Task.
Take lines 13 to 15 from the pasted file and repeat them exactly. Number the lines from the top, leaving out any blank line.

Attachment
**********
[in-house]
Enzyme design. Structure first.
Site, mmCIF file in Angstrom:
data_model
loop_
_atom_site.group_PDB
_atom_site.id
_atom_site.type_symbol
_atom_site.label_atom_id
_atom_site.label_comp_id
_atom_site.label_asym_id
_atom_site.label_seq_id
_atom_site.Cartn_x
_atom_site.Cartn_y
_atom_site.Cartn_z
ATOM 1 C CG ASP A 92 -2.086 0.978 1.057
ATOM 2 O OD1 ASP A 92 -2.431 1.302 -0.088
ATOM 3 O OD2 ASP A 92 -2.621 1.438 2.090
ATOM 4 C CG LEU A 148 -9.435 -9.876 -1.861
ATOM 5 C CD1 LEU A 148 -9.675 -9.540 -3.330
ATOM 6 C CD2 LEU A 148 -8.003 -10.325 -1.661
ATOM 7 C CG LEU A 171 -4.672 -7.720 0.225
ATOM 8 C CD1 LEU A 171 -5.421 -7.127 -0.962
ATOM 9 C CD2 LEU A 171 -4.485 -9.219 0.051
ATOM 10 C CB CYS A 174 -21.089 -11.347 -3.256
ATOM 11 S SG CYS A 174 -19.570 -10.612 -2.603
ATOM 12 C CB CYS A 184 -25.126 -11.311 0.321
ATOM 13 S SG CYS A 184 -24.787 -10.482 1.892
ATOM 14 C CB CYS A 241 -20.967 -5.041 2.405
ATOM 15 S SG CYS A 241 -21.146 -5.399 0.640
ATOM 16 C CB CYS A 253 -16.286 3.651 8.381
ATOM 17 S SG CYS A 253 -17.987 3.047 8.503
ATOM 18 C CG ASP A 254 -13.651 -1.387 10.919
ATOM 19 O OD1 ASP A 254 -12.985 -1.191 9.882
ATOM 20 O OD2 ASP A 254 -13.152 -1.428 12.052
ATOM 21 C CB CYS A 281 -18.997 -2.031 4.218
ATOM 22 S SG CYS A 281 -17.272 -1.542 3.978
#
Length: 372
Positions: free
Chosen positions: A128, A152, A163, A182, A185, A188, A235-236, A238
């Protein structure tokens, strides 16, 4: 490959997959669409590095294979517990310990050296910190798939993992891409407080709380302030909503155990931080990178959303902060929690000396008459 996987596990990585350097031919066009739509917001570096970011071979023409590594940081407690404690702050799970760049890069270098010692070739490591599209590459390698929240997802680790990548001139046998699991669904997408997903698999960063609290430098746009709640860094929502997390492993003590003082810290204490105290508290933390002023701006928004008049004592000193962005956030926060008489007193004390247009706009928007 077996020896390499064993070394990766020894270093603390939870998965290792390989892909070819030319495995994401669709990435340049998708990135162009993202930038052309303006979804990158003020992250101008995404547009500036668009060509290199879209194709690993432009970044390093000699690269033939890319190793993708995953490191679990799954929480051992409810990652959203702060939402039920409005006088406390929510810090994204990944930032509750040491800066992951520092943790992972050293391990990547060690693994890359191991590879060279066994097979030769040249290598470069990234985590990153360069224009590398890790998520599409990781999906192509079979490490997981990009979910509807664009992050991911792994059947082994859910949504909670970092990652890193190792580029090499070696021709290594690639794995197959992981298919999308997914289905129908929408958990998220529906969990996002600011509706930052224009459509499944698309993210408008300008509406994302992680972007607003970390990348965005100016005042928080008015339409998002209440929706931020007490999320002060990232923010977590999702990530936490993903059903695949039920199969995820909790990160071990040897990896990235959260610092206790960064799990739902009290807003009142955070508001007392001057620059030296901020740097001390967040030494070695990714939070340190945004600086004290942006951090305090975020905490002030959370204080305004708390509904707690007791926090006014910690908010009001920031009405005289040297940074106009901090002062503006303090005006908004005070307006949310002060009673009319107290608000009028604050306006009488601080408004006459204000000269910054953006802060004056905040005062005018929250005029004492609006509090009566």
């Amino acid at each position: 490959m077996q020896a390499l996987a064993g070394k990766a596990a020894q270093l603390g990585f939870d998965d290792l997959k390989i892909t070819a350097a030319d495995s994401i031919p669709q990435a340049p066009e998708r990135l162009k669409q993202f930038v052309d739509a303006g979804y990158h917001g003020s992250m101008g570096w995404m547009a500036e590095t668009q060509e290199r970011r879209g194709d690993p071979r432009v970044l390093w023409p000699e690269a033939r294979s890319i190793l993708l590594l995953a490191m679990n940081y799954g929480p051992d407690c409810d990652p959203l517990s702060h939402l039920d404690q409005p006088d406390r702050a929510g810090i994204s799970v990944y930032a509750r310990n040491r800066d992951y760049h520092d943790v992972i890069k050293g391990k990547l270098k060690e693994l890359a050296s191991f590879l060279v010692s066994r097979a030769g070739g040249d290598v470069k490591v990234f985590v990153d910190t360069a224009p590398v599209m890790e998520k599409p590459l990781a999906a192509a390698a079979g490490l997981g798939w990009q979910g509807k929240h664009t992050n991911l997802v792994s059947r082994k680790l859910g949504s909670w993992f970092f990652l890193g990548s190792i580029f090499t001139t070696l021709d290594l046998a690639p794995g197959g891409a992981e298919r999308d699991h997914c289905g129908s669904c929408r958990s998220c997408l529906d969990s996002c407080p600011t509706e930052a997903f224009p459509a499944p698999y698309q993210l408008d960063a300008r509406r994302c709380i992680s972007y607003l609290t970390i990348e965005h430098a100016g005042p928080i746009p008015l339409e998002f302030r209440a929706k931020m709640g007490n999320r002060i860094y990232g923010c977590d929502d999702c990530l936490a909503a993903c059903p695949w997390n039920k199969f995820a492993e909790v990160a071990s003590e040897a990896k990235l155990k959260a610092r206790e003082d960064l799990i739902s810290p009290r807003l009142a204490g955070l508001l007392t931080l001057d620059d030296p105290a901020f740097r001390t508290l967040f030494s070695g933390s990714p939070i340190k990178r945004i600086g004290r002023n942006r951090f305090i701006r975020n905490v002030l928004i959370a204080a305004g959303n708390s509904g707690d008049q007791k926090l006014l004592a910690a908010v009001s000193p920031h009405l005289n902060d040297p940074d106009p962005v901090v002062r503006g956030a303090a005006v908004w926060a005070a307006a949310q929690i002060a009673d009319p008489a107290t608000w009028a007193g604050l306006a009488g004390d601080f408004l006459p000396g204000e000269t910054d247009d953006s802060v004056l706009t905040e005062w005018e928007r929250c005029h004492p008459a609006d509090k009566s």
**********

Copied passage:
_atom_site.Cartn_x
_atom_site.Cartn_y
_atom_site.Cartn_z